Coupled with the above, both the EU & UK governments are restricting the supply of high-polluting F-Gases to the market. Quotas are set for EU-wide gas production as well as limits for sale in each country, with quotas reduced year-on-year.
This produces a supply and demand imbalance and rapidly pushes up the cost (and reduces the availability) of replacement gases.
These restrictions start when new equipment is phased out from sale (i.e. the first step in restrictions) and intensify to the point that virgin gas can become extortionately priced long before it is due to be banned for use in servicing.
For example, virgin R404a refrigerant is due to be banned in January 2020. Between January 2017 & January 2018, the price of R404a refrigerant increased 1017%. That’s over 10 times its original price.
This places extra pressure on customers with rapidly increasing servicing costs and also increases risk of downtime due to gas availability. Combining supply pressures with upcoming phase-outs means that customers may feel the pinch well before bans come into place.
Will my equipment be affected by the Jan 2020 restrictions?
In January 2020, it will become illegal to populate systems with virgin refrigeration gas if they meet the following conditions:
- The refrigerant gas has a global warming potential (GWP) of over 2500 and
- The system contains an amount of refrigerant gas which equivalent to 40 tonnes or more of CO2.
Let’s explore these two conditions and where that information is kept so you can work out if your equipment is affected. A bit of forewarning – this section can get a bit complicated – we’re on hand to advise and help whenever you need us.
Your F-Gas Log Book
Acme provide an F-Gas log book for every piece of equipment installed or serviced by us that contains gas equivalent to 5 tonnes or more of CO2 (see more on what that means later). This book (or similar) is required by law and details the type & mass of refrigerant gas included in the equipment, its global warming potential (GWP), its CO2 equivalent value and other information. This book is located in a plastic pocket either on the outside of the condenser or on the inside of the equipment casing (which should only be accessed by a trained professional).
This booklet and some of the figures inside are specific to your equipment and installation. You should not assume that equipment of identical make and model will have the same CO2 equivalent values. This is because it depends on the length of the pipe-run in your system. If there is a long distance between units, more gas will be required to fill your system and the higher the CO2 equivalent figures (terms explained below).
Criteria 1: A Global Warming Potential (GWP) of over 2500
As aforementioned, different refrigerant gases have different impacts on global warming. This is measured through a standard metric called Global Warming Potential (GWP). Each gas has its own GWP value and this is listed in the F-Gas log book accompanying your equipment.
If the GWP of your gas is over 2500, then the regulations may affect your equipment and you may need to take action.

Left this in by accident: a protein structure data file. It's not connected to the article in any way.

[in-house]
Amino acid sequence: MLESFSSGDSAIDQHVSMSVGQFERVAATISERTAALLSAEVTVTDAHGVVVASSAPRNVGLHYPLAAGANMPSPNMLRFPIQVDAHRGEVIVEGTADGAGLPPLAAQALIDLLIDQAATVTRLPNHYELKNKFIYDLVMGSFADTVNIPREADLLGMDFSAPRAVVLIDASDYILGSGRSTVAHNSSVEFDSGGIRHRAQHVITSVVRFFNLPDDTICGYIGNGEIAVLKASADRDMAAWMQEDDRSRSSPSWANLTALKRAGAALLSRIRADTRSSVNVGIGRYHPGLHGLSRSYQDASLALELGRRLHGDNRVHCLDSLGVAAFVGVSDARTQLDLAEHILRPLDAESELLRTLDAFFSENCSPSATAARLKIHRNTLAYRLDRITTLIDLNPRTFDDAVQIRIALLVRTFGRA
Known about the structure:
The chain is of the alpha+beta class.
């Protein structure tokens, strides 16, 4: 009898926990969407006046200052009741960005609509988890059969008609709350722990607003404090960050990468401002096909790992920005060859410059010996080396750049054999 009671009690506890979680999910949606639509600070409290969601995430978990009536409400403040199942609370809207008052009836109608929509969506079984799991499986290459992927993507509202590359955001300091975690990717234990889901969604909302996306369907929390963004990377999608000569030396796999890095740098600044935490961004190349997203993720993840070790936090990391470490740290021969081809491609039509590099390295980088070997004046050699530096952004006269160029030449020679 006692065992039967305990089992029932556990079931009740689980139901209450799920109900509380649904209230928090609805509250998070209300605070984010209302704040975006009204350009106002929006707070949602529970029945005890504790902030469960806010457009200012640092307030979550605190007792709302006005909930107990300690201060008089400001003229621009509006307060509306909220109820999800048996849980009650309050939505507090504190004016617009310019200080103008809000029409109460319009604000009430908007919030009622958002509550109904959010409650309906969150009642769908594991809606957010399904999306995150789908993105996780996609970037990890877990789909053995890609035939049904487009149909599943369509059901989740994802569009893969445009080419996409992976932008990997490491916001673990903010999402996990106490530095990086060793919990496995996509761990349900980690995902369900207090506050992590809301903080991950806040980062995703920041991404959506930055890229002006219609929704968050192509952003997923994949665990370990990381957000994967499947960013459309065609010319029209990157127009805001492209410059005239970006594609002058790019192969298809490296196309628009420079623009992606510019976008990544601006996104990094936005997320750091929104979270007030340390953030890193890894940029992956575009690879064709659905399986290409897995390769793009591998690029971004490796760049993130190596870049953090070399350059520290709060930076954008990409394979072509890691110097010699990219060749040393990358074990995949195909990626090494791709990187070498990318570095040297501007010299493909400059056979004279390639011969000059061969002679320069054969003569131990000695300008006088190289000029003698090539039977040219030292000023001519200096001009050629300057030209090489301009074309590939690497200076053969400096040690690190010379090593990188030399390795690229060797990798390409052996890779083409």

Criteria 2: The system contains refrigerant gas equivalent to 40 tonnes or more of CO2
The ‘CO2 equivalent’ figure takes into account both the mass (amount) of the gas in your equipment and the GWP value of that gas (how much it affects global warming). Combined together, it provides a figure that is specific to the amount and type of gas in your equipment.
This figure is also listed in your F-Gas log book, so you don’t need to worry about calculating it. But for those who are interested, the equation can be found here.
If your CO2 equivalent figure is over 40 tonnes, and your GWP value is over 2500, then the Jan 2020 ban applies to your equipment and you may need to take action.
Do I need to take action?
Assuming your equipment meets the criteria highlighted above, our service engineers will not be able to populate your equipment with ‘virgin’ gas from January 2020. You will still be able to operate your equipment, and we will still be able to give it a condition assessment (as opposed to a full service), but should the unit break down, you may find it difficult to repair in an acceptable timescale.
If a system develops a leak or the gas becomes contaminated, systems need to be ‘topped-up’ with refrigerant or have all their refrigerant gas replaced. If this happens, we will not be able to use virgin gas.
It is still possible to top up or replace gas with ‘reclaimed’ gases – these are gases that have previously been reclaimed from other equipment and have been reprocessed to remove impurities, however they are typically expensive and of low availability.
However, reclaimed and recycled gas will also be banned for use in this equipment from 2030.
Naturally, if you heavily rely on this is a piece of equipment for your business, you may want to consider either a refrigerant conversion kit or replacing the equipment. The key thing to consider is, when ‘break down day’ inevitably occurs, will the extended downtime experienced and the associated recovery costs/risks be more damaging than the cost of converting or replacing the equipment proactively? The age and expected lifespan of the equipment will also be a factor, as well as the cost of gas conversion or replacement.
We are happy to advise on a recommended course of action and provide options where required.
What can I do?
If your business is affected, it’s important to consider and address issues in advance. We can help you decide if you need to take action and give recommendations on what is best for your situation. We can also provide budget costs so you can plan in advance for any equipment adaptations/replacements that may be required.
F-gas legislation audits
If you need help determining if your equipment will be affected, we can conduct an F-Gas legislation audit as part of your next service visit, with no extra charge. Just request this from our service team when booking.
If you don’t have a service visit planned between now and January 2020, we can schedule a separate audit for a small fee.
If my equipment uses a high GWP gas but a CO2 equivalent value of less than 40 tonnes, will it be banned from servicing in the future?
The answer is probably yes, but we don’t know when yet. The government have already outlined plans to ban the sale of new equipment of any size with high GWP gases, but not yet stipulated if and when servicing will be banned.
Need help or advice?
Please click here to get in touch or call our teams on 01254 277922.